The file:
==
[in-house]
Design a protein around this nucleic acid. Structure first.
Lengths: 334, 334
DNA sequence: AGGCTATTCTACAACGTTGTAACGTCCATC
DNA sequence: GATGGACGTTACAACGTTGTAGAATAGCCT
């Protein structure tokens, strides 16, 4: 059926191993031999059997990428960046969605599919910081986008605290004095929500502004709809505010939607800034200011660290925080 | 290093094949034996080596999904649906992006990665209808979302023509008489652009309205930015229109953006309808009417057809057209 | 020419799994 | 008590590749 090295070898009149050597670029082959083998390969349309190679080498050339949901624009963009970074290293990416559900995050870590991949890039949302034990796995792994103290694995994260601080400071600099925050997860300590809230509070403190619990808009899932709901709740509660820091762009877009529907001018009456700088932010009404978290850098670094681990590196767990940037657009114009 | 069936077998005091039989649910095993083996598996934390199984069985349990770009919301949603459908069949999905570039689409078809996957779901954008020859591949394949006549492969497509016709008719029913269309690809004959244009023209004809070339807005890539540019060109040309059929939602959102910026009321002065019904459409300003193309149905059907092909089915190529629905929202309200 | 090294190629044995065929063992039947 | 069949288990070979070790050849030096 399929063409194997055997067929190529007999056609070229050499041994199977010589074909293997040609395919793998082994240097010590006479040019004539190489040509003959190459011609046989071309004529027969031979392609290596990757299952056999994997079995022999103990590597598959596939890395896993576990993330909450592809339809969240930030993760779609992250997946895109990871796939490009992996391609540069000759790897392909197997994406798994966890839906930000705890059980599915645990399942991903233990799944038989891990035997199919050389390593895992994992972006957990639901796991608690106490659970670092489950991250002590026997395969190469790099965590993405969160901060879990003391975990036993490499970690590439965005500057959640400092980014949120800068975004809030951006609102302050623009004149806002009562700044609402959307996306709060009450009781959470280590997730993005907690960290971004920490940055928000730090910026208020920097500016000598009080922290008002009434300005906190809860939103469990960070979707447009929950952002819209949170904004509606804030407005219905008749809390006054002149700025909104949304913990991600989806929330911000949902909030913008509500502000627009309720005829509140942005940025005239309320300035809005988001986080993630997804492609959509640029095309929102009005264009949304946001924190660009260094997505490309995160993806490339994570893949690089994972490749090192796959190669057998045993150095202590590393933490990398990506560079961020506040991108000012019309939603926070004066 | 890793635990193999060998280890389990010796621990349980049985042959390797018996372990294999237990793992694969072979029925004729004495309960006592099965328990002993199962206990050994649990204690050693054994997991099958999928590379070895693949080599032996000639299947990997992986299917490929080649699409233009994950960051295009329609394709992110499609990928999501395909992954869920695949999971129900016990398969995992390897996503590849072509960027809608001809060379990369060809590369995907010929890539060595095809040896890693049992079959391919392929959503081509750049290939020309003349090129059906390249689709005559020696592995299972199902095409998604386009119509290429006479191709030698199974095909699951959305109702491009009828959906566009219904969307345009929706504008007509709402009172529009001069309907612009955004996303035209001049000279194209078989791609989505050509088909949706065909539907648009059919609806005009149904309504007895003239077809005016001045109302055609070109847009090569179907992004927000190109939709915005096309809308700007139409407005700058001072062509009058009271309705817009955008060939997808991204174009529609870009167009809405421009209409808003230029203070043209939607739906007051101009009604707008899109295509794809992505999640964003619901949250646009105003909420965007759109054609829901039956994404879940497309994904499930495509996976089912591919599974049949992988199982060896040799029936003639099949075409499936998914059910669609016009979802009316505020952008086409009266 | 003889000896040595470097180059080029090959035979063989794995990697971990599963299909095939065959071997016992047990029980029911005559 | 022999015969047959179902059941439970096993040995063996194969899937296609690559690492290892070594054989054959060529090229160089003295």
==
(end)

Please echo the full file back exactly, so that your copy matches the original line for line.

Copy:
[in-house]
Design a protein around this nucleic acid. Structure first.
Lengths: 334, 334
DNA sequence: AGGCTATTCTACAACGTTGTAACGTCCATC
DNA sequence: GATGGACGTTACAACGTTGTAGAATAGCCT
């Protein structure tokens, strides 16, 4: 059926191993031999059997990428960046969605599919910081986008605290004095929500502004709809505010939607800034200011660290925080 | 290093094949034996080596999904649906992006990665209808979302023509008489652009309205930015229109953006309808009417057809057209 | 020419799994 | 008590590749 090295070898009149050597670029082959083998390969349309190679080498050339949901624009963009970074290293990416559900995050870590991949890039949302034990796995792994103290694995994260601080400071600099925050997860300590809230509070403190619990808009899932709901709740509660820091762009877009529907001018009456700088932010009404978290850098670094681990590196767990940037657009114009 | 069936077998005091039989649910095993083996598996934390199984069985349990770009919301949603459908069949999905570039689409078809996957779901954008020859591949394949006549492969497509016709008719029913269309690809004959244009023209004809070339807005890539540019060109040309059929939602959102910026009321002065019904459409300003193309149905059907092909089915190529629905929202309200 | 090294190629044995065929063992039947 | 069949288990070979070790050849030096 399929063409194997055997067929190529007999056609070229050499041994199977010589074909293997040609395919793998082994240097010590006479040019004539190489040509003959190459011609046989071309004529027969031979392609290596990757299952056999994997079995022999103990590597598959596939890395896993576990993330909450592809339809969240930030993760779609992250997946895109990871796939490009992996391609540069000759790897392909197997994406798994966890839906930000705890059980599915645990399942991903233990799944038989891990035997199919050389390593895992994992972006957990639901796991608690106490659970670092489950991250002590026997395969190469790099965590993405969160901060879990003391975990036993490499970690590439965005500057959640400092980014949120800068975004809030951006609102302050623009004149806002009562700044609402959307996306709060009450009781959470280590997730993005907690960290971004920490940055928000730090910026208020920097500016000598009080922290008002009434300005906190809860939103469990960070979707447009929950952002819209949170904004509606804030407005219905008749809390006054002149700025909104949304913990991600989806929330911000949902909030913008509500502000627009309720005829509140942005940025005239309320300035809005988001986080993630997804492609959509640029095309929102009005264009949304946001924190660009260094997505490309995160993806490339994570893949690089994972490749090192796959190669057998045993150095202590590393933490990398990506560079961020506040991108000012019309939603926070004066 | 890793635990193999060998280890389990010796621990349980049985042959390797018996372990294999237990793992694969072979029925004729004495309960006592099965328990002993199962206990050994649990204690050693054994997991099958999928590379070895693949080599032996000639299947990997992986299917490929080649699409233009994950960051295009329609394709992110499609990928999501395909992954869920695949999971129900016990398969995992390897996503590849072509960027809608001809060379990369060809590369995907010929890539060595095809040896890693049992079959391919392929959503081509750049290939020309003349090129059906390249689709005559020696592995299972199902095409998604386009119509290429006479191709030698199974095909699951959305109702491009009828959906566009219904969307345009929706504008007509709402009172529009001069309907612009955004996303035209001049000279194209078989791609989505050509088909949706065909539907648009059919609806005009149904309504007895003239077809005016001045109302055609070109847009090569179907992004927000190109939709915005096309809308700007139409407005700058001072062509009058009271309705817009955008060939997808991204174009529609870009167009809405421009209409808003230029203070043209939607739906007051101009009604707008899109295509794809992505999640964003619901949250646009105003909420965007759109054609829901039956994404879940497309994904499930495509996976089912591919599974049949992988199982060896040799029936003639099949075409499936998914059910669609016009979802009316505020952008086409009266 | 003889000896040595470097180059080029090959035979063989794995990697971990599963299909095939065959071997016992047990029980029911005559 | 022999015969047959179902059941439970096993040995063996194969899937296609690559690492290892070594054989054959060529090229160089003295």